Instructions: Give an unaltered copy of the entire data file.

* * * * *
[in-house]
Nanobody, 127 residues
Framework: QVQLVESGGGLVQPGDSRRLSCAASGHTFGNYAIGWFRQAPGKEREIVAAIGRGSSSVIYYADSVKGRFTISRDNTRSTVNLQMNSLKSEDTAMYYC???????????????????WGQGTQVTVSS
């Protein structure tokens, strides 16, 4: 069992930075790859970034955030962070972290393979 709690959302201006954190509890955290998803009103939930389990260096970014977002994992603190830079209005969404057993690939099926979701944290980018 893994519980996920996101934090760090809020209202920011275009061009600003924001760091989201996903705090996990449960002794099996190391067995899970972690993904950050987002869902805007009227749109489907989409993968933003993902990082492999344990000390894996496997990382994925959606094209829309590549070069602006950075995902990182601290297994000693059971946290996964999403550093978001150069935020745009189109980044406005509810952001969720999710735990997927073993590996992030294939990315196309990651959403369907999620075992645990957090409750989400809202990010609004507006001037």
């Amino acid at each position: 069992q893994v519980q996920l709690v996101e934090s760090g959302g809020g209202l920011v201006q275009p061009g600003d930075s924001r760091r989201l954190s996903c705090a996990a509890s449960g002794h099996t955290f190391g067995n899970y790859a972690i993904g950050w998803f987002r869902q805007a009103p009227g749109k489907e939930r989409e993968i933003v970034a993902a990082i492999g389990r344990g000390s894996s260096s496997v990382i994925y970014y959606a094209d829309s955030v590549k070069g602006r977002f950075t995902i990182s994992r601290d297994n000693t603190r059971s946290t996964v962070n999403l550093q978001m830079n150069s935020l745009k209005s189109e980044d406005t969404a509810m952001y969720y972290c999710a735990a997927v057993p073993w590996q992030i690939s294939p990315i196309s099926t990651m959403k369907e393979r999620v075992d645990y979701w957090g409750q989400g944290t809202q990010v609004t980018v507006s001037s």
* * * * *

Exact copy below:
[in-house]
Nanobody, 127 residues
Framework: QVQLVESGGGLVQPGDSRRLSCAASGHTFGNYAIGWFRQAPGKEREIVAAIGRGSSSVIYYADSVKGRFTISRDNTRSTVNLQMNSLKSEDTAMYYC???????????????????WGQGTQVTVSS
């Protein structure tokens, strides 16, 4: 069992930075790859970034955030962070972290393979 709690959302201006954190509890955290998803009103939930389990260096970014977002994992603190830079209005969404057993690939099926979701944290980018 893994519980996920996101934090760090809020209202920011275009061009600003924001760091989201996903705090996990449960002794099996190391067995899970972690993904950050987002869902805007009227749109489907989409993968933003993902990082492999344990000390894996496997990382994925959606094209829309590549070069602006950075995902990182601290297994000693059971946290996964999403550093978001150069935020745009189109980044406005509810952001969720999710735990997927073993590996992030294939990315196309990651959403369907999620075992645990957090409750989400809202990010609004507006001037």
């Amino acid at each position: 069992q893994v519980q996920l709690v996101e934090s760090g959302g809020g209202l920011v201006q275009p061009g600003d930075s924001r760091r989201l954190s996903c705090a996990a509890s449960g002794h099996t955290f190391g067995n899970y790859a972690i993904g950050w998803f987002r869902q805007a009103p009227g749109k489907e939930r989409e993968i933003v970034a993902a990082i492999g389990r344990g000390s894996s260096s496997v990382i994925y970014y959606a094209d829309s955030v590549k070069g602006r977002f950075t995902i990182s994992r601290d297994n000693t603190r059971s946290t996964v962070n999403l550093q978001m830079n150069s935020l745009k209005s189109e980044d406005t969404a509810m952001y969720y972290c999710a735990a997927v057993p073993w590996q992030i690939s294939p990315i196309s099926t990651m959403k369907e393979r999620v075992d645990y979701w957090g409750q989400g944290t809202q990010v609004t980018v507006s001037s």